During my time in Antarctica last fall-winter, Robert Garrott (from MSU, whom I have worked for in Antarctica and Yellowstone), offered me a full time position for 10.5 months as a "Research Assistant III," which I cheerfully accepted. The position was threefold, including field work: (1) in Yellowstone during the spring performing elk population estimates of the Madison headwaters elk herd, (2) in the greater Yellowstone ecosystem (which includes all mountain ranges surrounding Yellowstone NP) aiding in the development and field work of the mountain ungulate project, and then (3) back in Antarctica this fall, for anther season studying Weddell seal population ecology.
Madison headwaters elk - Spring 2011
Mark-resight surveys were done for about a month to obtain an estimate of the Madison elk population in Yellowstone for this spring, which has been in continuous decline. Mark-resight basically says this: If you have a known amount of collared individuals in a population, and you take the ratio of collared individuals to uncollared individuals that you see in a survey event, you can obtain a population estimate. If you do a bunch of these surveys, you can get an average population estimate. So, every day, we drove the drainages (Madison, Firehole, Gibbon rivers) counting all the elk, noting whether they were collared or not. We were also able to put out two new collars during a Fish and Wildlife Techniques course offered by the Ecology Department at Montana State. This upped the number of collars deployed to seven...but then two elk died not too long after (different individuals than were just collared). They just couldn't outlast the winter, which was a very harsh one.
These surveys resulted in a final spring population estimate of 47, down significantly from last years estimate of 72.
Greater Yellowstone area Mountain Ungulate Project
This, and also the interest in much more detailed habitat models, population dynamics, and spatial dynamics for both species, has motivated biologists from the tristate area to form a large collaboration in the pursuit of mountain ungulate knowledge. ("Ungulate" refers to any hoofed animal, "mountain ungulate" refers to those hoofed animals that inhabit the high mountain areas, which, in our case, is only the mountain goat and the bighorn sheep.)
And so I was hired.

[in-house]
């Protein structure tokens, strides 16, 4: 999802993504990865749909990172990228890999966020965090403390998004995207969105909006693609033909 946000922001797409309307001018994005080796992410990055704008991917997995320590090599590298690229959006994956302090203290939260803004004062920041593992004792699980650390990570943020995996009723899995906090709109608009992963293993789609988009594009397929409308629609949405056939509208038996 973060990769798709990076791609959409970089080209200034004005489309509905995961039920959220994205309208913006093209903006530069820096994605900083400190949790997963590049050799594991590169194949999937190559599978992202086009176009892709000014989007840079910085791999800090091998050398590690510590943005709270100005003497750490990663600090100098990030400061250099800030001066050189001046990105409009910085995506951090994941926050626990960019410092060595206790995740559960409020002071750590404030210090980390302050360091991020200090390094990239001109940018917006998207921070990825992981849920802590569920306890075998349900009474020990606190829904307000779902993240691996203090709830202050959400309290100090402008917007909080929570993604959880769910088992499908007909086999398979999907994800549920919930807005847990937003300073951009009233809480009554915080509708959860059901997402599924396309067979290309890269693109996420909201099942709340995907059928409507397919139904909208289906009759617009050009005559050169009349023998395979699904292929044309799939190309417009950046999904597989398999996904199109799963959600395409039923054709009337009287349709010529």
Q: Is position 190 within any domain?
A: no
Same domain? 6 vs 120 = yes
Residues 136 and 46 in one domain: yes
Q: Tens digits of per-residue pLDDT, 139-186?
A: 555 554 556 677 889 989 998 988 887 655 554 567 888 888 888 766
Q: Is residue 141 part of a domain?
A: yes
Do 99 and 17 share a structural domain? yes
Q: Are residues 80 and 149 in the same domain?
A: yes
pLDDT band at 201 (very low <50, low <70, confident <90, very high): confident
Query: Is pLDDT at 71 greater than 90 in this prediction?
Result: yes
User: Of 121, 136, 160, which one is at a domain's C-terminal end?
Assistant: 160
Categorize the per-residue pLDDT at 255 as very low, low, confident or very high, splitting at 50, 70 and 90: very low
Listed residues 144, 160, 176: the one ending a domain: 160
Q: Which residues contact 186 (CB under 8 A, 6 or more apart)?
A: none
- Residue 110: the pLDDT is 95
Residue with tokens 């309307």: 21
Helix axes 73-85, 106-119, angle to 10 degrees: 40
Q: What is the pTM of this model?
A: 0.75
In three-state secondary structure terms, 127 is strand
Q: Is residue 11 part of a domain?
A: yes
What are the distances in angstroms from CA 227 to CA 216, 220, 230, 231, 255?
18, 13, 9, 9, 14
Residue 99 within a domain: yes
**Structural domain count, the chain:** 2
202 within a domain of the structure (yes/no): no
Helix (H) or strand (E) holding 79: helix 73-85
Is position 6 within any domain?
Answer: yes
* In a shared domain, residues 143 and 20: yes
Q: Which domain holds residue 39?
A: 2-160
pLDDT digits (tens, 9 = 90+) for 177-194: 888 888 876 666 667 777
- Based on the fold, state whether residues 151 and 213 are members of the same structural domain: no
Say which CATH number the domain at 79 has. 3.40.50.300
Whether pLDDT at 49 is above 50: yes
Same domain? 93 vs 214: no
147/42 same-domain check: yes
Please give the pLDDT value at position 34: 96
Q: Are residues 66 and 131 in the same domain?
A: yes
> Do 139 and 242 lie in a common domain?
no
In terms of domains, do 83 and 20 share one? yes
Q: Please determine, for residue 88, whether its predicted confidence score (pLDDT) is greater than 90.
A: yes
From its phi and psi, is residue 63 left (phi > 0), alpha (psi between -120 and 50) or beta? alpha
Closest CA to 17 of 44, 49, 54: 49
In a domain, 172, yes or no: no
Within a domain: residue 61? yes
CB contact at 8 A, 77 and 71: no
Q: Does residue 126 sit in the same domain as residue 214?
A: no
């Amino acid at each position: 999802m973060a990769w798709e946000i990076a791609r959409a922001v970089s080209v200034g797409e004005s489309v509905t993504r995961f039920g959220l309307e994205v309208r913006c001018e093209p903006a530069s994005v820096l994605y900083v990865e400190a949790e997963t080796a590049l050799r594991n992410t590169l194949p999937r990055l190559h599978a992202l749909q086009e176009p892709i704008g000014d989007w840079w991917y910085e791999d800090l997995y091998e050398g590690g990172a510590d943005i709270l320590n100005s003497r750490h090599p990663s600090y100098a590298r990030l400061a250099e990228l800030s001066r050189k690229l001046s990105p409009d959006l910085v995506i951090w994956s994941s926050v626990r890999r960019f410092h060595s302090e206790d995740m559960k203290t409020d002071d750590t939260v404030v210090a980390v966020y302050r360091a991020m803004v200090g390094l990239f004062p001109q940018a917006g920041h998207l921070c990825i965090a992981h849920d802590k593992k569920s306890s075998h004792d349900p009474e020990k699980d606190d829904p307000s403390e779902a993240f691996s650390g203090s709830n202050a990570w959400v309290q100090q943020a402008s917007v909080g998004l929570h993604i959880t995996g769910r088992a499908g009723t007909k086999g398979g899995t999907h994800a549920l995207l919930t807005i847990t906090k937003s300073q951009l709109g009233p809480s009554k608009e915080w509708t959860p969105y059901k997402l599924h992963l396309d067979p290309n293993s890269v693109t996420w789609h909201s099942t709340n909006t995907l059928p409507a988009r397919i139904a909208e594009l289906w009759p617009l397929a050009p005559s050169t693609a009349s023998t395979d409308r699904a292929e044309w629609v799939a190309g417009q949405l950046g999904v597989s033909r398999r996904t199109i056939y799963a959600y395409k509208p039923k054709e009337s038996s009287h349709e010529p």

Since then, my skillset as an aspiring ecologist has quadrupled.
Here is a rundown of the tasks I have been charged with:
--Writing of proposals to obtain permits for radio-collar related capture for various agencies, including Yellowstone NP, US Forest Service, Montana Fish Wildlife and Parks, Wyoming Game and Fish Department
--Writing of a proposal for the International Animal Care and Use Committee
--Writing of a proposal for a US Geological Survey grant (unsuccessful)
--Creation of a database for capture and radio-collar data (GPS and VHF)
--Videography and editing for media to be published online
--Initiating the development of a website for the project (soon to be published! I will let you know!)
--Ordering field equipment
--Collecting spring reproduction data from collared bighorn sheep
--Performing occupancy surveys as part of Megan O'Reilly's Masters project (more on this later!)
|From this viewpoint (in the Gros Ventres, WY), we found three of the collared ewes we were seeking, two with lambs.|
|Winter-worn coat of a collared sheep. Looks diseased(!), but normal for this time of year. Give her a few weeks, and she will look like she's off to the Prom.|
Weddell Seal Ecology, Antarctica
Logistics for getting down to Antarctica are quite intense, and these are being spearheaded by PhD student Thierry Chambert, whom I worked with last year on the ice. It is required to be PQ'd (physically qualified) to lessen the chances that they will have to fly you back to civilization with some raging fingernail disease. So, after two dentist visits (luckily I didn't have to do a physical again this year), I was PQ'd, and now I'm ready to tag some seals! We depart around Oct. 1 for New Zealand, and then McMurdo, Antarctica.
Last season, we successfully deployed a round of temperature tags on seal pups and got some very cool data looking at how much time they spend swimming. See below!
The following is data collected from temperature tag sensors placed on the rear flippers from two Weddell seal pups. One swims many more times in its life. How do we know this (see if there are any biological thinkers out there!)????
This up and coming season, I will be organizing and leading the deployment of another round of temperature tags. More on this to come!
If you are interested in getting a better glimpse of the challenges and work of a dedicated biologist currently undertaking a Master's degree, Robert Miller (at Boise State University) has a wonderful blog documenting all aspects of the process as he attempts to better understand Northern goshawk ecology.